On Sunday, I bought pinto beans from Buck, at Alvarez Farms’ Ballard Farmers’ Market stand, thinking I could make real refried beans:
On Monday, Jim came home to find me sprawled out in the sunbeam on the floor of our office, snow angel style, except very still. I stared up at him and asked him not to make me move. The combination of riding our bikes to the market and a three-mile walk had been too much the day before, and even with a two-hour nap, I couldn’t kick the fatigue. I’d thawed out a pound of ground beef, hoping I could work up enough excitement to make tacos with homemade shells for Cinco de Mayo, with the refried beans.
Jim decided it wasn’t a good idea for me to use a knife. “Plus, you’re probably very dirty,” he said. “Have you seen that floor up close?”
I suggested going out, since I hadn’t done anything with the beans yet anyway, and he, Mr. I Love Mexican, refused. (He always refuses to do the expected.)
Then, my husband offered to make me spaghetti and meatballs. (He’s the best that way. I’d be so sick of being my pick-me-up, in his position, but he always finds the right thing to say.) Lying on the floor, feeling the warmth of the pine planks soothe my back, it sounded like the best idea in the world. He told me to stay put.
“That would be wonderful,” I said, and decided to do my very best not to coach. He checked his email and showered, and my sun hid behind the back fence.
One thing, I thought. I’ll just get out all the stuff he could put in the meatballs. That nearly-dead head of parsley. That half an onion. The right pan. I got up.
“What’s this?” he asked, pointing to the pan.
“For searing meatballs.”
“I can’t do them in the oven?”
“You can. But if you do them on the stove, you can just dump the sauce in on top, and let them simmer, and it’s fewer dishes.” Ah ha. Trump card. I had revealed that there was premade sauce somewhere in the house.
I piled a few things onto the counter, then I really did sit down to read.
He sounded like an unpracticed ping-pong player in the kitchen, rattling around without the habitual patterns that come to someone who cooks frequently in the same space. Three drawers would open before he’d find what he was looking for. When he began snapping the tongs open and shut over and over, I could tell he was standing over the meatballs, waiting for them to cook, instead of flitting off to start a different task, like I might have done. I wished I could watch him.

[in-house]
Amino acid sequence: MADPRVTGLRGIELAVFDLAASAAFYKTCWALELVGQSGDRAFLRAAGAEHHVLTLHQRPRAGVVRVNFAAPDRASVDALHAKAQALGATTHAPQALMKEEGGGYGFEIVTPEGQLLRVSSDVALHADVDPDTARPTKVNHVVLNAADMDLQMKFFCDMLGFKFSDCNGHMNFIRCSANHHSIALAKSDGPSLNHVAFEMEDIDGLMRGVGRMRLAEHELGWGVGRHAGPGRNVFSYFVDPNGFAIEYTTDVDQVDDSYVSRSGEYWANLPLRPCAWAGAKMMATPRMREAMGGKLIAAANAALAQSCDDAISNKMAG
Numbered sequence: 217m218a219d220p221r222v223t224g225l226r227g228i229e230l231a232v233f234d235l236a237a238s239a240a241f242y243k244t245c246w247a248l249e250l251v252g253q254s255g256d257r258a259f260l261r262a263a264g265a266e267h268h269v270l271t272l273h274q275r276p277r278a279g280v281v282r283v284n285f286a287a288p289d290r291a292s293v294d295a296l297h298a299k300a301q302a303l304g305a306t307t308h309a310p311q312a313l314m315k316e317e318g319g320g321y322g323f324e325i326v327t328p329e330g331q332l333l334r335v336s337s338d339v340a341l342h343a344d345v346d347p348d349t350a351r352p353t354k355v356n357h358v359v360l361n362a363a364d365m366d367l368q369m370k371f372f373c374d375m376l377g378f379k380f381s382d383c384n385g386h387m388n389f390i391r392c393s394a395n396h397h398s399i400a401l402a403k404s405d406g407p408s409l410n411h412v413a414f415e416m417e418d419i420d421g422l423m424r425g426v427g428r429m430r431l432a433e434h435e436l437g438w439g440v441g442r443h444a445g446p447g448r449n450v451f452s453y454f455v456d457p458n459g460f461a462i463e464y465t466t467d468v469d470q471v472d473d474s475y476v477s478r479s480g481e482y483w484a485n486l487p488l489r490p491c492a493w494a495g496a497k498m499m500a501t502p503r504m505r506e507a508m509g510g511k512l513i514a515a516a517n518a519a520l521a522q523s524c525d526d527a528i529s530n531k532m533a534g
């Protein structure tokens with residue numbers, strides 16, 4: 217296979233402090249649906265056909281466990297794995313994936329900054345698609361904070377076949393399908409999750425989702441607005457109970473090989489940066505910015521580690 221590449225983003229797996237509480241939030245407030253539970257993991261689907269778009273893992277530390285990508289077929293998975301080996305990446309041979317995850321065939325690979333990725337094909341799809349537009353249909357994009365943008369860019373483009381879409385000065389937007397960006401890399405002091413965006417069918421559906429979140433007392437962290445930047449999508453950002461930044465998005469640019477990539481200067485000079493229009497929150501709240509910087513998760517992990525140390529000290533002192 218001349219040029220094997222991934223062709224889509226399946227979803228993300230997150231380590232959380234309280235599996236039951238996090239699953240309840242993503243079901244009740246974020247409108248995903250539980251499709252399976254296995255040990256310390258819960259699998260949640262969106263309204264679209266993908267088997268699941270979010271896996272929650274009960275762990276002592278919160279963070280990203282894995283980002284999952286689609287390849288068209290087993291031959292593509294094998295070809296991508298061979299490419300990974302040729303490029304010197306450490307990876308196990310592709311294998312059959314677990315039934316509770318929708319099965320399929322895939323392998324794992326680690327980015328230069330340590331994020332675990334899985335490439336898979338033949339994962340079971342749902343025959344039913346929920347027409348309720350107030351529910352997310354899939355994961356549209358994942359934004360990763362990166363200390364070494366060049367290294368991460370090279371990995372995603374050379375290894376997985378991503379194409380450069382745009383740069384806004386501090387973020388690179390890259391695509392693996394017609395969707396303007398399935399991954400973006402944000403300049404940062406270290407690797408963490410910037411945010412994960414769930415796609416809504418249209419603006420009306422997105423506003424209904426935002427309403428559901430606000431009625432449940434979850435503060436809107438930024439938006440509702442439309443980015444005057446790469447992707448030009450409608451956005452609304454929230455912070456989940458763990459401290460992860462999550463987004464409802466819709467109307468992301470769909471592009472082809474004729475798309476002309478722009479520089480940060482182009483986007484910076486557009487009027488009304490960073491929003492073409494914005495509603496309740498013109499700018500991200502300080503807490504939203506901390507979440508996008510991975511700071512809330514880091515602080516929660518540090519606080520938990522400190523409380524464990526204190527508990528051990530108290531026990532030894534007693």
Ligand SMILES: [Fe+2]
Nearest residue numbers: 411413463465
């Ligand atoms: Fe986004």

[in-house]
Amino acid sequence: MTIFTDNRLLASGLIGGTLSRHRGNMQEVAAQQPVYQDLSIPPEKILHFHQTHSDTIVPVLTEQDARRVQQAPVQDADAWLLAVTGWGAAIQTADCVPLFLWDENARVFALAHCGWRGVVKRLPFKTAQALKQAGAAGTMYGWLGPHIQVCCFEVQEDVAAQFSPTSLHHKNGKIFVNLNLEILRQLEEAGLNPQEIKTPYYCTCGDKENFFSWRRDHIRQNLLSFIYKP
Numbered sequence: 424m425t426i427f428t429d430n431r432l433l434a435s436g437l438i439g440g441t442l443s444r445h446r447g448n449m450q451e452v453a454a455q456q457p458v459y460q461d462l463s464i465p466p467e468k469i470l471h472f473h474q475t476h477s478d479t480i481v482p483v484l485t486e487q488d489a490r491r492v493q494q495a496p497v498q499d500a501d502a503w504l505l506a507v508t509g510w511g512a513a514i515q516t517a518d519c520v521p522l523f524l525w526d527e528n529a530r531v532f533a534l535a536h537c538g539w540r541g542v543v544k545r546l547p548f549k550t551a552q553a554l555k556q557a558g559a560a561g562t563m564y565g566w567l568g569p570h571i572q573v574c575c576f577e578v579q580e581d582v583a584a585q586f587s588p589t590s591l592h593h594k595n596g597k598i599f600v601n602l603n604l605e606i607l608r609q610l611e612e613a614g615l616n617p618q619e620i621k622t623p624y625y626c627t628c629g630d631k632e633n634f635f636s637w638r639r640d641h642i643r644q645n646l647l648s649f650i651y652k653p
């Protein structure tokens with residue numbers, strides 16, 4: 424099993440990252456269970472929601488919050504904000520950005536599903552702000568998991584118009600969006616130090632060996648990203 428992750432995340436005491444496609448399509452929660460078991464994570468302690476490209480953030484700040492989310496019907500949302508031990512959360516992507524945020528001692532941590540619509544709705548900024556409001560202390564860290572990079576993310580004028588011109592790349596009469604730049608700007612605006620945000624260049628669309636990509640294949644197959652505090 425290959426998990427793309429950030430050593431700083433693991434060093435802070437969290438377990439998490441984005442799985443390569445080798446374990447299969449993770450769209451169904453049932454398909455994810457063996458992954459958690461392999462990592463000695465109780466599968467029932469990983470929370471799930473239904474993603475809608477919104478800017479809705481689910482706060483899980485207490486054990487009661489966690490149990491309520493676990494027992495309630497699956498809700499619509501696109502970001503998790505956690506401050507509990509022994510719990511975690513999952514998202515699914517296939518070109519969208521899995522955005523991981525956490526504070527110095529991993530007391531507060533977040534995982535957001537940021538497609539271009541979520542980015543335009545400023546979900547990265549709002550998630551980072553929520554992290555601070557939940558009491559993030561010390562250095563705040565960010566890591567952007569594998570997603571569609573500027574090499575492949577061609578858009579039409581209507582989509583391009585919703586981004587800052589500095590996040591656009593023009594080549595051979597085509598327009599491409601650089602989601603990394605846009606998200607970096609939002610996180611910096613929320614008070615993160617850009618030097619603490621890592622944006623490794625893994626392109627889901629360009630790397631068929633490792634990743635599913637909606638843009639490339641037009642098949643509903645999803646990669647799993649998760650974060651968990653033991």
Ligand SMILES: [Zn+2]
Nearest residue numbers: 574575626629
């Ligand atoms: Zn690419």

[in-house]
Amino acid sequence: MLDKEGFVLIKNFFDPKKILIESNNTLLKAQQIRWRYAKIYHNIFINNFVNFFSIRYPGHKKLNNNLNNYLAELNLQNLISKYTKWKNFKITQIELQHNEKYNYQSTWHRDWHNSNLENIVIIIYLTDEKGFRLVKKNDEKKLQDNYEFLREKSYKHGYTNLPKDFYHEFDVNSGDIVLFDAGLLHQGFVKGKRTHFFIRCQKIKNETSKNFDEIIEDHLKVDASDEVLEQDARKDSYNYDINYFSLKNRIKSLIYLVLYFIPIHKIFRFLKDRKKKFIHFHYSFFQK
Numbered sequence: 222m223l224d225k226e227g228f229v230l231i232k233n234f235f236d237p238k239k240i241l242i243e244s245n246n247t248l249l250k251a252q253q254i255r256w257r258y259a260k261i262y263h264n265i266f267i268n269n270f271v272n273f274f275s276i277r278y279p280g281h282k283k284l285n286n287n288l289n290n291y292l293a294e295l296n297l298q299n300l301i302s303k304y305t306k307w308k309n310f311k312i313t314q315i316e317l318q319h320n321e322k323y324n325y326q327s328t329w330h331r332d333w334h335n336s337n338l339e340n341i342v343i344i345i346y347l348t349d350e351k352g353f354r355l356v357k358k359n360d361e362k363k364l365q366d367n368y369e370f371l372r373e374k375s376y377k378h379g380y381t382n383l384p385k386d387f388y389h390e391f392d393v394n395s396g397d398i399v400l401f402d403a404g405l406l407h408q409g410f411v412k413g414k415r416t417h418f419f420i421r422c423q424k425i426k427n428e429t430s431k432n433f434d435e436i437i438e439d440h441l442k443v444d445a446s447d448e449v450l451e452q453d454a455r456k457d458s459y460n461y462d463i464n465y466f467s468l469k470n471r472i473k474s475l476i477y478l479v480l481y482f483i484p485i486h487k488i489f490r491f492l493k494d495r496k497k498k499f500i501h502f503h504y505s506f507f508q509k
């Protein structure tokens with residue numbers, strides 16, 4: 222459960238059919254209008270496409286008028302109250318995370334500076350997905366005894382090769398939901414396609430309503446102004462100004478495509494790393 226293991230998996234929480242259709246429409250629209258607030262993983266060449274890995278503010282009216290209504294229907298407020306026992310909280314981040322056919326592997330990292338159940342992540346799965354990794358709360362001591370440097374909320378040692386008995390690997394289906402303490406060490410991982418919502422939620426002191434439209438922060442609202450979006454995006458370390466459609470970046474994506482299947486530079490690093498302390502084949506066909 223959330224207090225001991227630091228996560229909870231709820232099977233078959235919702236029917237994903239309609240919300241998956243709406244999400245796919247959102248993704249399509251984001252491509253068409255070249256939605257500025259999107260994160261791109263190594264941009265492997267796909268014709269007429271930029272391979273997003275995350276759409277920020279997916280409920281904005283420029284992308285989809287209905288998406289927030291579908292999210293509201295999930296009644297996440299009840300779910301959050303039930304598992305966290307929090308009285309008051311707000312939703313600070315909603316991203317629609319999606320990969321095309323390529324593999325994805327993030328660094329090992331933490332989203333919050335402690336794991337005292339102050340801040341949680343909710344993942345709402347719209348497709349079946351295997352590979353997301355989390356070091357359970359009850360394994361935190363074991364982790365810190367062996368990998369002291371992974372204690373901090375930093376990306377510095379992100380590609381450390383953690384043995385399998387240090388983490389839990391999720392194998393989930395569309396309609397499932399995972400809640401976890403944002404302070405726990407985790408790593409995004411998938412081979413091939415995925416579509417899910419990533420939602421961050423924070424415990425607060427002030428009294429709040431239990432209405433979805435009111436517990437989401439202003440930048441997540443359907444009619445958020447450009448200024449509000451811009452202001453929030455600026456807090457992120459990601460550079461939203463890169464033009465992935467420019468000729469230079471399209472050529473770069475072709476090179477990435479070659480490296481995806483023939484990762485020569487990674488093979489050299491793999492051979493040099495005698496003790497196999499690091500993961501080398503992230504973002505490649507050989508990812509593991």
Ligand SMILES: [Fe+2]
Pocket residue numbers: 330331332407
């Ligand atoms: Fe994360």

I don’t know how long it took. It was long enough for me to finish a magazine, which I rarely do. Long enough for a neighbor to knock on the door and announce, “Wow! It smells like chicken livers!” (I don’t think Jim liked that part. It smelled nothing like chicken livers.)
It was long enough for me to recognize the way a dinner’s smells rustle themselves up and out of a kitchen, and make the one who’s being cooked for feel darn near queenlike.
When it was done, he called me in.
There, simmering in the high-sided skillet, was a gorgeous sauce. It looked like a Bolognese, only the meat had more body.
“Is this meatball sauce?” I asked carefully.
“Yeah,” he said. “Your meatball theory doesn’t work. They started to burn, so I had to scramble them into a sauce.”
I decided not to argue about my “theory.”
“So we’re having bucatini with scrambled meatball sauce?”
“Yes,” he said. He piled pasta into our bowls a little awkwardly, and smothered it with his creation. He showered everything with Parmesan cheese.
Meatballs are always better than the sum of their parts, and this sauce – flecked with egg, breadcrumbs, cheese, herbs, and the oatmeal his mother always uses in her meatballs – was better still, because there was no cutting involved. Each bite of pasta had just the right amount of meat. I swooned, and he sat, eating quietly, and I could tell he was proud of himself (and maybe a little surprised). I couldn’t have wished for anything more on May 5th.